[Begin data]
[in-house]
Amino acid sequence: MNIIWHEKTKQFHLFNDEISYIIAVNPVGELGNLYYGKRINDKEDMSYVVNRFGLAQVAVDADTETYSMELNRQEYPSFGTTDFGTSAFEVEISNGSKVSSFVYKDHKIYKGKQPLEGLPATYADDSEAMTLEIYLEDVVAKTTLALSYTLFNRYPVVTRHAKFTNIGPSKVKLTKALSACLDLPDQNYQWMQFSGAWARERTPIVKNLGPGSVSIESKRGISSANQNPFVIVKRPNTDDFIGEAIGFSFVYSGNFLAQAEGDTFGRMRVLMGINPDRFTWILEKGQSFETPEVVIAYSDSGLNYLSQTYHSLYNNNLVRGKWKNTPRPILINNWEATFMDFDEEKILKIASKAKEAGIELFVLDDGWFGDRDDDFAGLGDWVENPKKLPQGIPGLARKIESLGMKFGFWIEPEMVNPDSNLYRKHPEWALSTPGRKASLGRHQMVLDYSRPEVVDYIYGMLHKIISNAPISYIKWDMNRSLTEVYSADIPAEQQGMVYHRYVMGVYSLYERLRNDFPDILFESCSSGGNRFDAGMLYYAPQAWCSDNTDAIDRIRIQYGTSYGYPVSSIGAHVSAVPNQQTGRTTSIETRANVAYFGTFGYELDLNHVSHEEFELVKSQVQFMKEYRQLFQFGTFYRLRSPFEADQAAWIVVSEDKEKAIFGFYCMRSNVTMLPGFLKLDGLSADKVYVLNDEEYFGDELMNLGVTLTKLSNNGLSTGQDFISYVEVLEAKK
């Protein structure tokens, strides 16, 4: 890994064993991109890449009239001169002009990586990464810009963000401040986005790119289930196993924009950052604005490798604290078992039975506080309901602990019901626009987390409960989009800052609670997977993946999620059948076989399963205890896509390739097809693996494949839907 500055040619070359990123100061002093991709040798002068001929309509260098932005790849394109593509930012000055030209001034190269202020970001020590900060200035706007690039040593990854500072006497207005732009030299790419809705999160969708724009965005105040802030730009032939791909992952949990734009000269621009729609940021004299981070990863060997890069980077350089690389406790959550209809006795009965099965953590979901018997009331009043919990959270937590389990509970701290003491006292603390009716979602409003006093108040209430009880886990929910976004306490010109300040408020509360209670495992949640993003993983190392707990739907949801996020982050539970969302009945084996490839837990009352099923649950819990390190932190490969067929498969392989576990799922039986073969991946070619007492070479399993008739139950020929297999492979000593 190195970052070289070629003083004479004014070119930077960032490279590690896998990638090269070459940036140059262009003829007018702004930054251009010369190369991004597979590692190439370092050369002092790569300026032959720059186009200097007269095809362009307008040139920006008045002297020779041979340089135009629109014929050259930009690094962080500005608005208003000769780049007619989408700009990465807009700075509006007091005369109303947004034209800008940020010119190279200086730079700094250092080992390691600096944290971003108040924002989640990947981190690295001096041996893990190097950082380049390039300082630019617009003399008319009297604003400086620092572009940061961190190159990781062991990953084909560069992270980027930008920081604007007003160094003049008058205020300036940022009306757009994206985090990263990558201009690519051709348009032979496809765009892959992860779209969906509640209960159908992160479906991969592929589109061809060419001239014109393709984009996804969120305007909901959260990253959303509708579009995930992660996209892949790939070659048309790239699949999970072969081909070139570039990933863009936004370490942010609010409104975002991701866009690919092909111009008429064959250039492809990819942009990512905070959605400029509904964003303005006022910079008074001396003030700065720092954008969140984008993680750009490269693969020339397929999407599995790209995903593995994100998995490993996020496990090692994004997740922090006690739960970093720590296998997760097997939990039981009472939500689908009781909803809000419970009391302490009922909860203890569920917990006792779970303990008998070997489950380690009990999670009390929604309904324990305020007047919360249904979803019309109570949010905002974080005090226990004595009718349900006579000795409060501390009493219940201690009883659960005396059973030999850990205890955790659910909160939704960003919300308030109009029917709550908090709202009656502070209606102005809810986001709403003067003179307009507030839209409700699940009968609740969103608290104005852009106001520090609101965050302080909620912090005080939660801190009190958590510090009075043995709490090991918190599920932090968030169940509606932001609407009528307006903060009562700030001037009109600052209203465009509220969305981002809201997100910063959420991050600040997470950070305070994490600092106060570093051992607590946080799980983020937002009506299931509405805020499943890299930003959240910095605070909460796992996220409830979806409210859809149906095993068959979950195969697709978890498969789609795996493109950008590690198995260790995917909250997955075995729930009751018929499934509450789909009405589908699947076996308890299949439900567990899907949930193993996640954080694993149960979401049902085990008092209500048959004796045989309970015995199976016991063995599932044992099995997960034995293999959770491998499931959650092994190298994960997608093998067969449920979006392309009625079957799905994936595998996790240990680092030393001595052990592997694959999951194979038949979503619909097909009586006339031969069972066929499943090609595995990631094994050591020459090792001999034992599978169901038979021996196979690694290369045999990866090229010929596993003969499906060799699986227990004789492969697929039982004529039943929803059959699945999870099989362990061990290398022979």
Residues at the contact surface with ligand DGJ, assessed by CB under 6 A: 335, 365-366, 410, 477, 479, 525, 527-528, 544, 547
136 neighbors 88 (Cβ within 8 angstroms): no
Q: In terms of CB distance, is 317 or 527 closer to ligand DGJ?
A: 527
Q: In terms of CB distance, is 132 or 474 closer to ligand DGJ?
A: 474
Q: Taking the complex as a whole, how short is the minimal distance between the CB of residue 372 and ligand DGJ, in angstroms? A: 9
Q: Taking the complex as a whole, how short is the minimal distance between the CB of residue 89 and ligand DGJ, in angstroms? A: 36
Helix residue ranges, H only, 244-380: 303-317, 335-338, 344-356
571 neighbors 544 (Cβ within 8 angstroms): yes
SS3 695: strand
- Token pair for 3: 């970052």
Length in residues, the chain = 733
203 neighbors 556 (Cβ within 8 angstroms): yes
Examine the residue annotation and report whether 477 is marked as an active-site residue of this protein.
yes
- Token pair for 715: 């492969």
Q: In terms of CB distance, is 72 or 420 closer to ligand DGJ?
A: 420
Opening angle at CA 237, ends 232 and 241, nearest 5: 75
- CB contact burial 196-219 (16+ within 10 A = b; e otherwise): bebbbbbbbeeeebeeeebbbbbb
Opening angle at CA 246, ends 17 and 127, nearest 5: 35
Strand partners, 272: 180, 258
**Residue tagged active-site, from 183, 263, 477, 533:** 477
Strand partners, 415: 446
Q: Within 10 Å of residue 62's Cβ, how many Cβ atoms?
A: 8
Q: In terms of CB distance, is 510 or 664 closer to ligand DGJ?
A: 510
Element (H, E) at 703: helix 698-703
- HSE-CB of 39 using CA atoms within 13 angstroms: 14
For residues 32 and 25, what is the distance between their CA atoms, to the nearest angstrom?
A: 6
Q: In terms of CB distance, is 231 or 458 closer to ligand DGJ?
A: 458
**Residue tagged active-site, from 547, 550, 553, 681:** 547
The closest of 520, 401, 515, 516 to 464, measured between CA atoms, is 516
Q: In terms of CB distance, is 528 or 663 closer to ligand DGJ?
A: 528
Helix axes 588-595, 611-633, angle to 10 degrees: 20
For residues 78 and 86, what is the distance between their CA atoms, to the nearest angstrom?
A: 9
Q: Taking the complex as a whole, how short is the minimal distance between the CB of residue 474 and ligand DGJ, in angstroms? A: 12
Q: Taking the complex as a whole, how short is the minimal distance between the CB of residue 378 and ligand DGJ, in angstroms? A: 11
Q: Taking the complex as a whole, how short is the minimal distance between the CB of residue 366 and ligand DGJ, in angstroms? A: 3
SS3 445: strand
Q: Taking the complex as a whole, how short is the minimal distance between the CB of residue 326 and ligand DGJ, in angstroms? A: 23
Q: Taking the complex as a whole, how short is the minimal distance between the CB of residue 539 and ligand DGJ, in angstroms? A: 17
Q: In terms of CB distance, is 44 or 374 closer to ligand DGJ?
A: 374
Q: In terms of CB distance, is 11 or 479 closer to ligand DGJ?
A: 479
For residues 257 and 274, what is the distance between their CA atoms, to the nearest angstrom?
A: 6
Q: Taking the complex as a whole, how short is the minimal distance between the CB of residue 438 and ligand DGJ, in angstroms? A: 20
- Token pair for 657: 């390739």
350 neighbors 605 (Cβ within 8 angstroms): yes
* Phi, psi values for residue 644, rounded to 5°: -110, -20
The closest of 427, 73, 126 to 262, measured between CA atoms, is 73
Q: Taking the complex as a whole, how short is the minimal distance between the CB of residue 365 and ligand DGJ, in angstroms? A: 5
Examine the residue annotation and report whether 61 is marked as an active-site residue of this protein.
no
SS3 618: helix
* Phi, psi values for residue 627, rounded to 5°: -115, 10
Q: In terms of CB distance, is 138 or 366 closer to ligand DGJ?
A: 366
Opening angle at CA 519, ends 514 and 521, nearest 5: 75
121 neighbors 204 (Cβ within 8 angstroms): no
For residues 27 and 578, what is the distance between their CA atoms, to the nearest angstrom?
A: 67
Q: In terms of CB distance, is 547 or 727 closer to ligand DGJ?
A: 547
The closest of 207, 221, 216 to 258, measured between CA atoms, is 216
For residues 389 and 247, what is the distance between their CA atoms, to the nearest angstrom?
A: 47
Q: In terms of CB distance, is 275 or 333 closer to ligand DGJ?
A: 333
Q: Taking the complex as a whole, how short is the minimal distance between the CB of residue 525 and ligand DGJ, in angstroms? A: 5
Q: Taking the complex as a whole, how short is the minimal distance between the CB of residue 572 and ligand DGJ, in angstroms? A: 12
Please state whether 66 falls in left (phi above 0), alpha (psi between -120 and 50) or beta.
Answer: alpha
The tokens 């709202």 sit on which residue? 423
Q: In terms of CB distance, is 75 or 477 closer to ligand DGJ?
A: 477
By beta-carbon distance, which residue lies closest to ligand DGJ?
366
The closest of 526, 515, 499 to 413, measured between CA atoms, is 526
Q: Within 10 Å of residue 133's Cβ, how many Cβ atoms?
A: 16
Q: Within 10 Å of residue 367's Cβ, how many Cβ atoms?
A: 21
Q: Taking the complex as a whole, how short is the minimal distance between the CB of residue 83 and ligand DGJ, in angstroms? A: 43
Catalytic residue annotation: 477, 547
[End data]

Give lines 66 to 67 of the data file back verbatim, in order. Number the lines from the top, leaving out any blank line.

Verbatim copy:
SS3 618: helix
* Phi, psi values for residue 627, rounded to 5°: -115, 10